CROSS REFERENCE TO RELATED APPLICATION

This application claims the benefit of U.S. patent application No. 62/302,085, “A Sensor Device,” filed Mar. 1, 2016, which is assigned to the assignee hereof. The aforementioned United States patent application is hereby incorporated by reference in its entirety.

FIELD

The present disclosure relates to the field of ultrasonic sensors. In particular, the present disclosure relates to embodiments of a sensor device and methods for manufacturing the same.

BACKGROUND

Some conventional ultrasonic transducer devices, such as the devices described in U.S. Pat. No. 5,744,898 and U.S. Pat. No. 8,596,140 B2, tend to be rigid and large in size. These devices are not suited to be adopted as an implantable or ingestible device for non-invasive imaging applications. In some recently improved ultrasound diagnostic imaging devices, such as the devices described in U.S. Patent Application 2014/0276079 A1, require a tube/wire along with the ultrasound transducers to be inserted into a patient. These devices are also unsuitable to be adopted as an implantable or ingestible device for non-invasive imaging applications. In some other ultrasonic transducer devices, such as the devices described in US Patent Application 2011/0130658 A1 and U.S. Pat. No. 8,647,328 B2, are concerned with using the devices, but fail to address the apparatuses and methods for making such devices small with a plurality of flexible ultrasonic transducers, integrated circuits, battery, and printed circuit board such that these components may be packaged into a sensor device for implantable or ingestible device for non-invasive imaging applications. Therefore, there is a need for apparatuses and methods for manufacturing a sensor device that may be adopted as an implantable or ingestible device for non-invasive imaging applications.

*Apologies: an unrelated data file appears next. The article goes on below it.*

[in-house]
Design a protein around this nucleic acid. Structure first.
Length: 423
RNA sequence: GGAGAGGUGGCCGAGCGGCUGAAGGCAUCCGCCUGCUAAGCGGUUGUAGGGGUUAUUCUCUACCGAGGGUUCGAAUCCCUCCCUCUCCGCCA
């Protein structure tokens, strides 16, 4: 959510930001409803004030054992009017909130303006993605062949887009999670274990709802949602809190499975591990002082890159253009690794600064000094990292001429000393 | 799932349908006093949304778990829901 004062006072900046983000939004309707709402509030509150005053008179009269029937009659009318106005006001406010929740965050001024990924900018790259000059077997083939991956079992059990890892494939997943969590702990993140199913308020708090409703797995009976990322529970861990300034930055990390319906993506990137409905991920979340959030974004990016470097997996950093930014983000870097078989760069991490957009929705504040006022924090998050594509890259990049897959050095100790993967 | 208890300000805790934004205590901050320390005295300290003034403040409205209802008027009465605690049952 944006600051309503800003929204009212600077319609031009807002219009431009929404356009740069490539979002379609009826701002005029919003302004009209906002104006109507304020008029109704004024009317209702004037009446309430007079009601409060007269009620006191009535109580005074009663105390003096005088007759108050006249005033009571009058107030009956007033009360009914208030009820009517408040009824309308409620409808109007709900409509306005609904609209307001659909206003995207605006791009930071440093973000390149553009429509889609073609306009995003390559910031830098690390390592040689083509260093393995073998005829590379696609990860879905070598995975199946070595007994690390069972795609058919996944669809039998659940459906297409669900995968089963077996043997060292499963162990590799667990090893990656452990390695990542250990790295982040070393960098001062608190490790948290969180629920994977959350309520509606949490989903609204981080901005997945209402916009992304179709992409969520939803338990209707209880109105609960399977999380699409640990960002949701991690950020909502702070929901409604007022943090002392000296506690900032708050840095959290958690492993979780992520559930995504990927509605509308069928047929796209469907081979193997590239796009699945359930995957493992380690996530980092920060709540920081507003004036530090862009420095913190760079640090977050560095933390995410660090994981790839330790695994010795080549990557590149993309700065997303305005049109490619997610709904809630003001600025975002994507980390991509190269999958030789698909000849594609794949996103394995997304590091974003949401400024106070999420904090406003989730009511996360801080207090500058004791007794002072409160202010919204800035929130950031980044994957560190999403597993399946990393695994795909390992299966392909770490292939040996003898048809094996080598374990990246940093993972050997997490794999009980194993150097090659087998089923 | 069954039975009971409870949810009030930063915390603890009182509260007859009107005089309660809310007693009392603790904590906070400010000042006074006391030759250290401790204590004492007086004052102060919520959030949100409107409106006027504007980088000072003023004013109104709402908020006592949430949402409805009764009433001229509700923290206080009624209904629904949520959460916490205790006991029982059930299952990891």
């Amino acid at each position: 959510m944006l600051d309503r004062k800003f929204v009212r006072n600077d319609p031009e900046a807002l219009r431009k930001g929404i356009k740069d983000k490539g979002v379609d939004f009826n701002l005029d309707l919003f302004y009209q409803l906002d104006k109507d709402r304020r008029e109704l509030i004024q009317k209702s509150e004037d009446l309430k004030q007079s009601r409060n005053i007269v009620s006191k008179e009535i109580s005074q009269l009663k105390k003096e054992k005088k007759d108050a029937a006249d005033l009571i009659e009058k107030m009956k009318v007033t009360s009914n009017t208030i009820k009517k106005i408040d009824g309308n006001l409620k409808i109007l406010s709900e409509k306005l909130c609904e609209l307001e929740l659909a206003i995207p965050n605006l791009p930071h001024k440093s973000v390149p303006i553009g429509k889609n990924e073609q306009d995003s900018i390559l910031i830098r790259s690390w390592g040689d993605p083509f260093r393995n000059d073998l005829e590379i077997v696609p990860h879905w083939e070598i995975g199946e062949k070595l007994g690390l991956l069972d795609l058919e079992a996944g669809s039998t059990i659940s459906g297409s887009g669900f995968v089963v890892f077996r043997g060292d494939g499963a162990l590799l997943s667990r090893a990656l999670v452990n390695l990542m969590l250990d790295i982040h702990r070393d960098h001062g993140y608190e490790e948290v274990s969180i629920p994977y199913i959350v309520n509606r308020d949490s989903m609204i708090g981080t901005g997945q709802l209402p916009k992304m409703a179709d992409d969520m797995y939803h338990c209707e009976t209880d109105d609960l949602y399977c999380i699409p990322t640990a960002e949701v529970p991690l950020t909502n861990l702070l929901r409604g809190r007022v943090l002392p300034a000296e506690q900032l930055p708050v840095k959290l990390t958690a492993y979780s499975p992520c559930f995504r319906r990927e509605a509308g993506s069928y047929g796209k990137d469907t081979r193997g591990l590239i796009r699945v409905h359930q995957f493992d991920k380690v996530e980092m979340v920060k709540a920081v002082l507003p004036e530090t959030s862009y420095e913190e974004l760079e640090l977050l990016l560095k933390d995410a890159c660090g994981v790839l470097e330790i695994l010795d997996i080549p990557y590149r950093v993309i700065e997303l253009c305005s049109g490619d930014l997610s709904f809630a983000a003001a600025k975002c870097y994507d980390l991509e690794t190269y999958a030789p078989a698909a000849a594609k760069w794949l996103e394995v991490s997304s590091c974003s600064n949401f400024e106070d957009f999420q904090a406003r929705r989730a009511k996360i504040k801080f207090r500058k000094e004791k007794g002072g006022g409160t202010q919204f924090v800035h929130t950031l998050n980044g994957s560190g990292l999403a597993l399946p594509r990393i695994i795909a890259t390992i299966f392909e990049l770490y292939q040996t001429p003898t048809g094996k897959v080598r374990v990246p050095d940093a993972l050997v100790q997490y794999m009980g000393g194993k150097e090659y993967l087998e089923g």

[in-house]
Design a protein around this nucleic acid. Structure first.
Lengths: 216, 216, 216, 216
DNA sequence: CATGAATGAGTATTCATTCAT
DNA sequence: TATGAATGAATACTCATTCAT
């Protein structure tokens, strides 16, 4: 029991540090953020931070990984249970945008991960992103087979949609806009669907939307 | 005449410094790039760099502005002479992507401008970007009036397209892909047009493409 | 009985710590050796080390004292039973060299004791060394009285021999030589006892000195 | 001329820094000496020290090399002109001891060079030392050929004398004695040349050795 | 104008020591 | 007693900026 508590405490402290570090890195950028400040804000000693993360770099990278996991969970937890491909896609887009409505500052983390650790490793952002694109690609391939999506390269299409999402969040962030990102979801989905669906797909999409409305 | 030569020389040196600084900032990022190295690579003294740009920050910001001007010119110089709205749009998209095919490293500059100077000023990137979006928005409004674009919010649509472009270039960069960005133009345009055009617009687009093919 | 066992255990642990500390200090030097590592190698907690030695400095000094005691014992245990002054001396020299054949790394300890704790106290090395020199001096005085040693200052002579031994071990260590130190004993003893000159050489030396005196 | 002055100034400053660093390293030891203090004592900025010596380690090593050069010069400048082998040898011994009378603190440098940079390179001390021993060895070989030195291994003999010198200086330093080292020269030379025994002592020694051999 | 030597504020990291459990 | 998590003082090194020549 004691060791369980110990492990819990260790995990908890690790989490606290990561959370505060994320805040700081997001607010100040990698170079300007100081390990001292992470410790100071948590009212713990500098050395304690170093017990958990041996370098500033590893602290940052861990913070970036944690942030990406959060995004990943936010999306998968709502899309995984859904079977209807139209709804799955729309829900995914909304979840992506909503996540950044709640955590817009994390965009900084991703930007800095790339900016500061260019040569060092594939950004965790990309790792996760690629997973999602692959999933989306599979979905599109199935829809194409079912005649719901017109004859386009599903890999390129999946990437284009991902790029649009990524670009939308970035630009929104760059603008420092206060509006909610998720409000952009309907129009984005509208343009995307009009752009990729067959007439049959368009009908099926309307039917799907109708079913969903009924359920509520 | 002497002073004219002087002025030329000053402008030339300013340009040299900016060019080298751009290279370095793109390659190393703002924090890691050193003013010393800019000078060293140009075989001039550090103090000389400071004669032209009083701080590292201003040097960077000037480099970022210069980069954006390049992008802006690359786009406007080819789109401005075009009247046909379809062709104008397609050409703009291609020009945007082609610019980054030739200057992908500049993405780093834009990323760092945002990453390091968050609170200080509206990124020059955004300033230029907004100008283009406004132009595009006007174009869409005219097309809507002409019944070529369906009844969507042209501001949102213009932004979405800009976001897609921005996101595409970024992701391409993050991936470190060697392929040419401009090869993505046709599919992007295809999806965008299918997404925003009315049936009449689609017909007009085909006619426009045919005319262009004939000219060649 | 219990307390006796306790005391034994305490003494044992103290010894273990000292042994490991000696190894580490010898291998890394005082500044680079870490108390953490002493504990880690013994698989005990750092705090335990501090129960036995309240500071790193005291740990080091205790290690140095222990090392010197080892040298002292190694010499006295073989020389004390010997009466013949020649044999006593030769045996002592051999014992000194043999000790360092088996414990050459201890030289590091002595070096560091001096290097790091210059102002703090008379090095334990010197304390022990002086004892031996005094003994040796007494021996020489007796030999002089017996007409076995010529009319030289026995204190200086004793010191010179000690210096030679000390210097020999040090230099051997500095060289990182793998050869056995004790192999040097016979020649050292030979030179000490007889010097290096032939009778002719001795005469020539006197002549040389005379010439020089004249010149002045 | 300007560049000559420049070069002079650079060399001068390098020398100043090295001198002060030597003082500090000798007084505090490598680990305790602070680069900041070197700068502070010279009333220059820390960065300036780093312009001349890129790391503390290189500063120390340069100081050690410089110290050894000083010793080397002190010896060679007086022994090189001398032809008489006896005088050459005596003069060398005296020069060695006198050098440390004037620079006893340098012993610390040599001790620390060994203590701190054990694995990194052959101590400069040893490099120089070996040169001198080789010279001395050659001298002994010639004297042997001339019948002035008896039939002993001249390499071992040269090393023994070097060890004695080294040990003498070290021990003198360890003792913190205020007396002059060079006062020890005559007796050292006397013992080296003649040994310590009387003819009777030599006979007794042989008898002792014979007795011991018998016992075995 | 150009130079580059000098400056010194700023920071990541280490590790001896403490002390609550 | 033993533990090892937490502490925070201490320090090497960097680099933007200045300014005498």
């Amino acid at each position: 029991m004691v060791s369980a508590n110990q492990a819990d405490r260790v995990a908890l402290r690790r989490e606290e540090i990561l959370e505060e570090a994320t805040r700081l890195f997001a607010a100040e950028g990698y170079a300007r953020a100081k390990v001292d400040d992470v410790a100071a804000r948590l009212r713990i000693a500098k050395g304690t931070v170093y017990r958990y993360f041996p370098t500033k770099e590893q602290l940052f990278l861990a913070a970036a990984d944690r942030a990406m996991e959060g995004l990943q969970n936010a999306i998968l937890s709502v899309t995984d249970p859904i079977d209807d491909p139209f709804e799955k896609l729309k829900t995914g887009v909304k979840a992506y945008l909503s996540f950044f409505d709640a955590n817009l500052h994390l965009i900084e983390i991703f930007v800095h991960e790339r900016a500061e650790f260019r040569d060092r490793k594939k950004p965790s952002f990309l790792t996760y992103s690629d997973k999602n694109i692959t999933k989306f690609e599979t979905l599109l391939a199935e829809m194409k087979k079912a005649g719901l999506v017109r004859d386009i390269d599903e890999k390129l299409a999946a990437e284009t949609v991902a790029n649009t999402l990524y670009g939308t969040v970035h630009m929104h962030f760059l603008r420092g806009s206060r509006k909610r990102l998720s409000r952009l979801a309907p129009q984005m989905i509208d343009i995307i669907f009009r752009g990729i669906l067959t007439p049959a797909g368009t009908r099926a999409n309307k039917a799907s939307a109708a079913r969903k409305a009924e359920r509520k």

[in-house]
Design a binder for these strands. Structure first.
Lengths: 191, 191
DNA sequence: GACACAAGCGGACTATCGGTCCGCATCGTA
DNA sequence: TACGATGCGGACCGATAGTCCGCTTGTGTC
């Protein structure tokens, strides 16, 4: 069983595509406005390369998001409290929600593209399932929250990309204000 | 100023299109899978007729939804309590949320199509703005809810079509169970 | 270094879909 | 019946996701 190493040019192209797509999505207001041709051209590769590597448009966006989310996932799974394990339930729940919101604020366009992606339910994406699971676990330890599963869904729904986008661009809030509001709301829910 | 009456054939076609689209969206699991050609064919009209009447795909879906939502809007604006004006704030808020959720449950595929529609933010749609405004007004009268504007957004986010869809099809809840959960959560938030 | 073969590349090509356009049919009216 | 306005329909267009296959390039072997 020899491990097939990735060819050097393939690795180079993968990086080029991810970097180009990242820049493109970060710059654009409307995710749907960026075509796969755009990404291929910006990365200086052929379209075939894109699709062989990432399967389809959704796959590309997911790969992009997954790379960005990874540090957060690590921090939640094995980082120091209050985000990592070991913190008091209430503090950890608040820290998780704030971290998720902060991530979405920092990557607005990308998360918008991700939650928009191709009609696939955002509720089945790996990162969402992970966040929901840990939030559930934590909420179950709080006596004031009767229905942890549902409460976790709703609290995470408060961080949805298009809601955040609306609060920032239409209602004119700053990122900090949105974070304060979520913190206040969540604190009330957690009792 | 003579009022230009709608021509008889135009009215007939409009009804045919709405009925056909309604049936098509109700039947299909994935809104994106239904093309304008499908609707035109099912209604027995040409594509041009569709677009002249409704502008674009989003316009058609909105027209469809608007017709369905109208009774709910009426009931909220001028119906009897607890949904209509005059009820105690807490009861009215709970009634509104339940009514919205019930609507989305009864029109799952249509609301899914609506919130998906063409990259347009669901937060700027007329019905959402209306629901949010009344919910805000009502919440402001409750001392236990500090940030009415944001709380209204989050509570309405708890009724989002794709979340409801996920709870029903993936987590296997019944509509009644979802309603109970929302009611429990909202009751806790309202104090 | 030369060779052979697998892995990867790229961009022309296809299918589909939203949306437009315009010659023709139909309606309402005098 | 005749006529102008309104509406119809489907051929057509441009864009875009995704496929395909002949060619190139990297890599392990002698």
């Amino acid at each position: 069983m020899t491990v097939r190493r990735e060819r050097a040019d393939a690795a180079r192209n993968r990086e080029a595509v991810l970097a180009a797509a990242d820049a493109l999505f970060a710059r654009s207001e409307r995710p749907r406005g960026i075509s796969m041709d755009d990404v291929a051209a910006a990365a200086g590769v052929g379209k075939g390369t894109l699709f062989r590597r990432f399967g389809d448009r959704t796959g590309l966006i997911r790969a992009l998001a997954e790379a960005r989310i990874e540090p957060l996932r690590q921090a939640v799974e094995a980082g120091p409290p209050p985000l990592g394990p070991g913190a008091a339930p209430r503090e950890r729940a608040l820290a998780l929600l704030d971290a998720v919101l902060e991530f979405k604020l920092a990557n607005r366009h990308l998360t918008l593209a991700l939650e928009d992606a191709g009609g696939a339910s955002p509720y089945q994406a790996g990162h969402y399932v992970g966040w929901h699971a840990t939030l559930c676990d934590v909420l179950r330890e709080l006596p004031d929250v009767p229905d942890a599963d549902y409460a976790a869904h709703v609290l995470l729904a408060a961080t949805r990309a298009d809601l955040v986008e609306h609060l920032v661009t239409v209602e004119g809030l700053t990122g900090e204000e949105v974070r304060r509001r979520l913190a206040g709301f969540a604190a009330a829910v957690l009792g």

SUMMARY

Embodiments of a sensor device and methods for manufacturing the same are disclosed. In one embodiment, a sensor device comprises a piezoelectric micromechanical ultrasonic transducer (PMUT) array configured to transmit and receive ultrasonic signals, where the PMUT array comprises a plurality of PMUTs and the PMUT array is flexible, one or more integrated circuits configured to process the ultrasonic signals, a battery configured to provide power to the PMUT array and the one or more integrated circuits, a coupling material configured to hold the PMUT array, the one or more integrated circuits, and the battery, and a capsule configured to seal the PMUT array, the one or more integrated circuits, the battery and the coupling material within the capsule.

BRIEF DESCRIPTION OF THE DRAWINGS

The aforementioned features and advantages of the disclosure, as well as additional features and advantages thereof, will be more clearly understandable after reading detailed descriptions of embodiments of the disclosure in conjunction with the non-limiting and non-exhaustive aspects of following drawings. The drawings are shown for illustration purposes and they are not drawn to scale. Like numbers are used throughout the figures.

FIGS. 1A-1B illustrate an embodiment of a sensor device according to aspects of the present disclosure.

FIGS. 2A-2B illustrate another embodiment of a sensor device according to aspects of the present disclosure.

FIGS. 3A-3B illustrate yet another embodiment of a sensor device according to aspects of the present disclosure.